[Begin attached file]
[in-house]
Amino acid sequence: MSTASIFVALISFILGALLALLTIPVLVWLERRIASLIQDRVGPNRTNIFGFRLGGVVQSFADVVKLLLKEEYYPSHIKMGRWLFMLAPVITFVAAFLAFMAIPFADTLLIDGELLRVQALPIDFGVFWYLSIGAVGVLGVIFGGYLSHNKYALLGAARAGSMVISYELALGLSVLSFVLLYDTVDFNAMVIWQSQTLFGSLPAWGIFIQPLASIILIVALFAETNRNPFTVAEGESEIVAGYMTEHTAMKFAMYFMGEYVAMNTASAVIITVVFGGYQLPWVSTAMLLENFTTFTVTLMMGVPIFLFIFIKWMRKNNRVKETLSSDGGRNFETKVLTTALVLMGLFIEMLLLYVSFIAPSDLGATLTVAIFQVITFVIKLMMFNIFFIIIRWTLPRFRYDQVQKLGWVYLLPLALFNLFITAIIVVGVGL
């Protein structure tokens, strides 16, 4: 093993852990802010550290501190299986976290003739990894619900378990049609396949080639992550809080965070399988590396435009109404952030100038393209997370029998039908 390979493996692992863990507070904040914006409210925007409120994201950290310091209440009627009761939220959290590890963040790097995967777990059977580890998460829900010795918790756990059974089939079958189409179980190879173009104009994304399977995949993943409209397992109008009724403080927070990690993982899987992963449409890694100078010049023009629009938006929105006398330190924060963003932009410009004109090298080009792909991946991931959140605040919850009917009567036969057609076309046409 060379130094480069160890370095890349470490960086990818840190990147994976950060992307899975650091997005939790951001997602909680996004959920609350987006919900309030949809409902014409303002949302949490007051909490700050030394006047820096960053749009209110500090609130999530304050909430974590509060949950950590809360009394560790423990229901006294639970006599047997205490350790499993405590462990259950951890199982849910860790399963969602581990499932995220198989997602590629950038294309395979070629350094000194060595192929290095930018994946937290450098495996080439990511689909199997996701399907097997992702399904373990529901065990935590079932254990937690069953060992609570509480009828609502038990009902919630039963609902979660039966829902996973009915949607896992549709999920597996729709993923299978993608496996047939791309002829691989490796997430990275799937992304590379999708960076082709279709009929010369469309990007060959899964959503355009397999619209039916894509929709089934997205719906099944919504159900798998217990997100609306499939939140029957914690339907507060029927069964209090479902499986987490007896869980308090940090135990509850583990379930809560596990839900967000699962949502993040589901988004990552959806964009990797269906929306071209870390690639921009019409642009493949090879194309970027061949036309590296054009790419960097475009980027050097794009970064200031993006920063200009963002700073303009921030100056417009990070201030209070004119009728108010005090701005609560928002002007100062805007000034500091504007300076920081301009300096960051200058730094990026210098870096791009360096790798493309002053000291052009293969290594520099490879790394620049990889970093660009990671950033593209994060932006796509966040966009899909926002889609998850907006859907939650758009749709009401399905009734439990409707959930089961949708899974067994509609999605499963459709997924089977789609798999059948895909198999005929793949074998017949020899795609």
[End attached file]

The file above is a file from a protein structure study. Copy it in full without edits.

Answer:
[in-house]
Amino acid sequence: MSTASIFVALISFILGALLALLTIPVLVWLERRIASLIQDRVGPNRTNIFGFRLGGVVQSFADVVKLLLKEEYYPSHIKMGRWLFMLAPVITFVAAFLAFMAIPFADTLLIDGELLRVQALPIDFGVFWYLSIGAVGVLGVIFGGYLSHNKYALLGAARAGSMVISYELALGLSVLSFVLLYDTVDFNAMVIWQSQTLFGSLPAWGIFIQPLASIILIVALFAETNRNPFTVAEGESEIVAGYMTEHTAMKFAMYFMGEYVAMNTASAVIITVVFGGYQLPWVSTAMLLENFTTFTVTLMMGVPIFLFIFIKWMRKNNRVKETLSSDGGRNFETKVLTTALVLMGLFIEMLLLYVSFIAPSDLGATLTVAIFQVITFVIKLMMFNIFFIIIRWTLPRFRYDQVQKLGWVYLLPLALFNLFITAIIVVGVGL
């Protein structure tokens, strides 16, 4: 093993852990802010550290501190299986976290003739990894619900378990049609396949080639992550809080965070399988590396435009109404952030100038393209997370029998039908 390979493996692992863990507070904040914006409210925007409120994201950290310091209440009627009761939220959290590890963040790097995967777990059977580890998460829900010795918790756990059974089939079958189409179980190879173009104009994304399977995949993943409209397992109008009724403080927070990690993982899987992963449409890694100078010049023009629009938006929105006398330190924060963003932009410009004109090298080009792909991946991931959140605040919850009917009567036969057609076309046409 060379130094480069160890370095890349470490960086990818840190990147994976950060992307899975650091997005939790951001997602909680996004959920609350987006919900309030949809409902014409303002949302949490007051909490700050030394006047820096960053749009209110500090609130999530304050909430974590509060949950950590809360009394560790423990229901006294639970006599047997205490350790499993405590462990259950951890199982849910860790399963969602581990499932995220198989997602590629950038294309395979070629350094000194060595192929290095930018994946937290450098495996080439990511689909199997996701399907097997992702399904373990529901065990935590079932254990937690069953060992609570509480009828609502038990009902919630039963609902979660039966829902996973009915949607896992549709999920597996729709993923299978993608496996047939791309002829691989490796997430990275799937992304590379999708960076082709279709009929010369469309990007060959899964959503355009397999619209039916894509929709089934997205719906099944919504159900798998217990997100609306499939939140029957914690339907507060029927069964209090479902499986987490007896869980308090940090135990509850583990379930809560596990839900967000699962949502993040589901988004990552959806964009990797269906929306071209870390690639921009019409642009493949090879194309970027061949036309590296054009790419960097475009980027050097794009970064200031993006920063200009963002700073303009921030100056417009990070201030209070004119009728108010005090701005609560928002002007100062805007000034500091504007300076920081301009300096960051200058730094990026210098870096791009360096790798493309002053000291052009293969290594520099490879790394620049990889970093660009990671950033593209994060932006796509966040966009899909926002889609998850907006859907939650758009749709009401399905009734439990409707959930089961949708899974067994509609999605499963459709997924089977789609798999059948895909198999005929793949074998017949020899795609």